The IRM calls on organisations to ensure that their professional development schemes and succession plans nurture sufficient talent for the future, in its newly published recruitment guide
The IRM has released new guidance on hiring for the most senior risk positions. It also remarks on a shortage of candidates for senior level positions and calls on organisations to ensure that their professional development schemes and succession plans nurture sufficient talent for the future.
The guidance was officially launched today at IRM’s annual Risk Leaders Conference where a panel of experts also discussed recruiting and career development issues for the profession as a whole.
The new guidance is based on IRM’s professional standards and is aimed at organisations of all types seeking to recruit a chief risk officer (CRO), perhaps their first, or to make other senior risk appointments.
The CRO is the most senior executive in the organisation with responsibility and accountability for risk management, whatever their actual job title. In some sectors, particularly financial services, the role of CRO is stipulated by regulation. Other organisations have come to see the merits of such an appointment as part of a process of maturing their risk management, ensuring it adds value to the business.
The document gives guidance on:
- Understanding the context of the CRO appointment
- Identifying the key skills and attributes
- The recruitment process and how to assess candidates
IRM has worked with recruitment experts to combine an understanding of risk management expertise with guidance on how to go about a modern recruitment process.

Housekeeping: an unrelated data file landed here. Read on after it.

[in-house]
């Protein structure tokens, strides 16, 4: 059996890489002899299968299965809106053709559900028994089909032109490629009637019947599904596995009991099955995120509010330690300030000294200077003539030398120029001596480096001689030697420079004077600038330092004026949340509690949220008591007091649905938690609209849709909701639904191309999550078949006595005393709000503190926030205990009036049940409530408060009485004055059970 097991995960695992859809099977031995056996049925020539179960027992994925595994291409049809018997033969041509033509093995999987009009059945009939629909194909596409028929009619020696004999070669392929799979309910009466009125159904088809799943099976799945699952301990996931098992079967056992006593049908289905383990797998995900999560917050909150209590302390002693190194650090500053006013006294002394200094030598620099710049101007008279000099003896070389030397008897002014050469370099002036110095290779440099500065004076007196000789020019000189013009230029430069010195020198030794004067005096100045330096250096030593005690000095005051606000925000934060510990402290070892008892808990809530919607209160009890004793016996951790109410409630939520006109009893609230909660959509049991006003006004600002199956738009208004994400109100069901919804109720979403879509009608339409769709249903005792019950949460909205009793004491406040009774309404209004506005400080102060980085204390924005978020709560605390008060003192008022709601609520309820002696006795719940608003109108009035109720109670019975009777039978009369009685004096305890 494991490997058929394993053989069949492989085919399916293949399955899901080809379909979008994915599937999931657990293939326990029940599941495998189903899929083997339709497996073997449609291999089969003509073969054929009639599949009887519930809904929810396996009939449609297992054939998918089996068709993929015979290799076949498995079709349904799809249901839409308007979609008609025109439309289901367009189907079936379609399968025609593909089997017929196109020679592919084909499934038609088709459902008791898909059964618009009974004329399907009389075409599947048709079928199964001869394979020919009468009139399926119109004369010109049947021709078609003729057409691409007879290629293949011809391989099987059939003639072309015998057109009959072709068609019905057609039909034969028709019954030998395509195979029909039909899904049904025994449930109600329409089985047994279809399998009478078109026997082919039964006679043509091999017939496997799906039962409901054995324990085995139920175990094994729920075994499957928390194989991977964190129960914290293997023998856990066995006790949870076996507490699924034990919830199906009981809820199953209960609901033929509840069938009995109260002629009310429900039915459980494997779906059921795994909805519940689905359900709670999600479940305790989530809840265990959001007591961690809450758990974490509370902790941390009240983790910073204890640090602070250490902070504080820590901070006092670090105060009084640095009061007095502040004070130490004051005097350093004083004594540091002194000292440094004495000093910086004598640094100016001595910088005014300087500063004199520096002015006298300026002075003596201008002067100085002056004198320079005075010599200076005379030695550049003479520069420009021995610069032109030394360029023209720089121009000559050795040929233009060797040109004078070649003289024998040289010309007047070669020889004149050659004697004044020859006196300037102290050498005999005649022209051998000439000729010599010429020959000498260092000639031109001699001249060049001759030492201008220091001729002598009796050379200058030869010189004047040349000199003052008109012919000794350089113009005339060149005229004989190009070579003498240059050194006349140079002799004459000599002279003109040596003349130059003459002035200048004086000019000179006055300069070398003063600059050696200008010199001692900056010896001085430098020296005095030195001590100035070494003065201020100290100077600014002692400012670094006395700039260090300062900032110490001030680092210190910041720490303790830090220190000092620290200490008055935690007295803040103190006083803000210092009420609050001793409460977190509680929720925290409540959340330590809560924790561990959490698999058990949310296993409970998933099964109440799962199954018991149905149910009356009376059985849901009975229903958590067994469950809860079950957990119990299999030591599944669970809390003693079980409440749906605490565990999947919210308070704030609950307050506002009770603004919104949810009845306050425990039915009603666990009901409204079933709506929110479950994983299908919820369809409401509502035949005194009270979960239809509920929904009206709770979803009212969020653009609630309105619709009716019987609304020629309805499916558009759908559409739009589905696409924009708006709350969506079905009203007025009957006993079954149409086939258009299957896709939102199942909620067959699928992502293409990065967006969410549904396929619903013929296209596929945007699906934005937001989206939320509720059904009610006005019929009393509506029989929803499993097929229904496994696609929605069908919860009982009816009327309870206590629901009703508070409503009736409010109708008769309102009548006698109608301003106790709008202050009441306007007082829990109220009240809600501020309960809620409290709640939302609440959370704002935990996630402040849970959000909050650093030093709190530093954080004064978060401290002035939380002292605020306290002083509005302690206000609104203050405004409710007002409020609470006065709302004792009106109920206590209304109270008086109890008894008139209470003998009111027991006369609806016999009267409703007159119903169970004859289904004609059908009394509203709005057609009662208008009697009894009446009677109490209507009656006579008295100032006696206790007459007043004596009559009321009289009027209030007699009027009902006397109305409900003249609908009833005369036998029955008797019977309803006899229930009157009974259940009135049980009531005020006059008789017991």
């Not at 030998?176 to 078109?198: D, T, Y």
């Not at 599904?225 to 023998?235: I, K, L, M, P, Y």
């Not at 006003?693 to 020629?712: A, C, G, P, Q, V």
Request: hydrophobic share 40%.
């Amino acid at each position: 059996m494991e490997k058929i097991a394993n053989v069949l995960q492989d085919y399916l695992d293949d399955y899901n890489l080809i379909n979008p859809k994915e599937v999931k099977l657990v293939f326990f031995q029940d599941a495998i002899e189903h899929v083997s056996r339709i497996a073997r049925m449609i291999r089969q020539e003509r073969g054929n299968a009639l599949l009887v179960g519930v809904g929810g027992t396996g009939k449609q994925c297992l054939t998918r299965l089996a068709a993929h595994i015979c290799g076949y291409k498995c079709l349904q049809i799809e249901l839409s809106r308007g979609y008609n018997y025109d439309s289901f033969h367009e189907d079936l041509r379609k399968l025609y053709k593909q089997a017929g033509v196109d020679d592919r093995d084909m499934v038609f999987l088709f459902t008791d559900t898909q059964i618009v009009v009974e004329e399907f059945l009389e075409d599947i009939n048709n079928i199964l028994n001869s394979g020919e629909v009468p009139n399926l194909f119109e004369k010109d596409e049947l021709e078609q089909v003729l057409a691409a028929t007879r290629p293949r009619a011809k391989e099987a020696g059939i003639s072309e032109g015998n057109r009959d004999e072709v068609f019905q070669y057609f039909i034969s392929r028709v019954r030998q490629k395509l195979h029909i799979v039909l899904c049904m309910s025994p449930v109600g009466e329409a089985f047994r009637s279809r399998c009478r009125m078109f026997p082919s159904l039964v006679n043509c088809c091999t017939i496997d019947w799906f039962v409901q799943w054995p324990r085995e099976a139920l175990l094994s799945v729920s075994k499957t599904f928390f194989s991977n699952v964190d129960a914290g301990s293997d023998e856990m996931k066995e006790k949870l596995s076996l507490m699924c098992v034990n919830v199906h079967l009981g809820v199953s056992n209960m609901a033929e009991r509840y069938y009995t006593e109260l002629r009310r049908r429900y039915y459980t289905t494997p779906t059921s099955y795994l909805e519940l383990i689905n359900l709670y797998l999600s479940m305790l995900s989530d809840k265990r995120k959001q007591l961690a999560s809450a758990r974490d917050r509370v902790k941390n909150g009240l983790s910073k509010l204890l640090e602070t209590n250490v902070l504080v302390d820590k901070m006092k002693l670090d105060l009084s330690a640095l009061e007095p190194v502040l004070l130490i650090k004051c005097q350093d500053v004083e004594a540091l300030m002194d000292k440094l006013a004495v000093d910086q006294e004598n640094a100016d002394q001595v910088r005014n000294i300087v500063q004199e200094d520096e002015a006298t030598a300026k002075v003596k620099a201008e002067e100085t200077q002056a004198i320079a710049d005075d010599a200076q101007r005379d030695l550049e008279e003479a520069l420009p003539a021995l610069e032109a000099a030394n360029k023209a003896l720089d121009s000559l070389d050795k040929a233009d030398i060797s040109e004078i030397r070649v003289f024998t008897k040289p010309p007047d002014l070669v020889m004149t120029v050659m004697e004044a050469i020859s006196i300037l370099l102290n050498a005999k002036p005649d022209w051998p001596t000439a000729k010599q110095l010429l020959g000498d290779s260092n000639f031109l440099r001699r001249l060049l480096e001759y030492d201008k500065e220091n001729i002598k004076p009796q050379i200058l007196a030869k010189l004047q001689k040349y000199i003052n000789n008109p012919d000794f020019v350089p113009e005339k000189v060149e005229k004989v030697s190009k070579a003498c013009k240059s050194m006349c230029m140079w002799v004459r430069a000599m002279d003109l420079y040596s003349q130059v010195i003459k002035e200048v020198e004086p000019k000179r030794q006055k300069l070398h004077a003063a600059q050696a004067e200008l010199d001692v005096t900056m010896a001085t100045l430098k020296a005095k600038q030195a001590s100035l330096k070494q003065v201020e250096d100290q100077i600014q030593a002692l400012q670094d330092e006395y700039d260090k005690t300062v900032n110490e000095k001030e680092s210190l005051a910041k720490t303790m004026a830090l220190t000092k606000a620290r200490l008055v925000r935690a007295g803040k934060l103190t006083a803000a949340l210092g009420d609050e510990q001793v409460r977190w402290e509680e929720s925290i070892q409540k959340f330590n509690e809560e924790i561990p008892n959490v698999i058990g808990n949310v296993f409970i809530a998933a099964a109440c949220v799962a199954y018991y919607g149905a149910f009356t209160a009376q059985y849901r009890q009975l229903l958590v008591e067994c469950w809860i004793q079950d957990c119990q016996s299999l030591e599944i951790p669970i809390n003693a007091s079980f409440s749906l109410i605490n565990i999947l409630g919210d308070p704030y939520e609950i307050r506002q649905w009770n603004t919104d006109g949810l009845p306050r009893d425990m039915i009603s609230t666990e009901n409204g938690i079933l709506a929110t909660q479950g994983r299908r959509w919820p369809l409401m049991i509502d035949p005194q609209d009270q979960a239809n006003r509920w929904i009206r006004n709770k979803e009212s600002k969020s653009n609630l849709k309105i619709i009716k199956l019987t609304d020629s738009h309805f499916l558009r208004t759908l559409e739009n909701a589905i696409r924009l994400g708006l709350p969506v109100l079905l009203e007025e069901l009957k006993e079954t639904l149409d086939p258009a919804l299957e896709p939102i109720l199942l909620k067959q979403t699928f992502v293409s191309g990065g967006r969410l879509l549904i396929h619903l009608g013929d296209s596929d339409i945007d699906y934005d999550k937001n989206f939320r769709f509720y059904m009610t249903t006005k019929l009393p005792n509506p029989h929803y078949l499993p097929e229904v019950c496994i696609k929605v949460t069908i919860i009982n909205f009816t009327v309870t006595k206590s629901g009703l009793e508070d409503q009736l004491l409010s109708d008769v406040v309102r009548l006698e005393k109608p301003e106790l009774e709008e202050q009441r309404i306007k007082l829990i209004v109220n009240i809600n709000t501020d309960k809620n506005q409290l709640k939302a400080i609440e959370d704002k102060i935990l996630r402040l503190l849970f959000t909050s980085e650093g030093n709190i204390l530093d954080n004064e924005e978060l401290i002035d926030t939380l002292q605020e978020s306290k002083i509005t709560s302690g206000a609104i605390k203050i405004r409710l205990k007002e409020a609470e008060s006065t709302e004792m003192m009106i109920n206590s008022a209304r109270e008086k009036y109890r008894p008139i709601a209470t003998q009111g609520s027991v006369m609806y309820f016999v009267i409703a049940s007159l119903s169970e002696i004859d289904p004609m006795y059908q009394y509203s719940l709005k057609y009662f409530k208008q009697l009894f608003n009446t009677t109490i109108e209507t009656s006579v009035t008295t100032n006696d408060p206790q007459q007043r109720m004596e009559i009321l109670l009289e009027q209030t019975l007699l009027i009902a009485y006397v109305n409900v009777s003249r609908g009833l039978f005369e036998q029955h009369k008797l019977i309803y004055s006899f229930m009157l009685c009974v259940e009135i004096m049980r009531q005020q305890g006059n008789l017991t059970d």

Socrates Coudounaris, BEng (Hons) MSc FCII CFIRM, Chair of the IRM explains: “Effective risk leadership is an essential component of a healthy risk culture. Corporate governance codes around the world have underlined that you must have the right people and resources in place. Organisations face new risks and opportunities associated with digital disruption, geo-political and economic volatility, environmental responsibilities and social change.
“Ultimately, the responsibility for risk management rests with the board, but that board needs to have confidence that they are delegating day-to-day responsibility to a suitably competent person, who will also be responsible for giving them the highest quality advice to support risk based decision making. Risk management is changing fast and CROs must be up to the challenge. We are delighted to be able to offer practical guidance and advice to aid in the recruitment process – especially given the importance of this role”.
Recruitment expert Ulrich Seega, the main report author, added, “The aim of this guidance was to bring together today’s best practice in recruitment with the specialist technical knowledge about risk management offered by IRM. Organisations today are looking for CROs who display not only technical expertise at the highest level but also the appropriate behavioural characteristics relating to matters like change and leadership. This guidance will help organisations define what they need and how to go about finding it.
You can download the document here: https://irmcomms.wufoo.com/forms/ma742vz0dia4ef/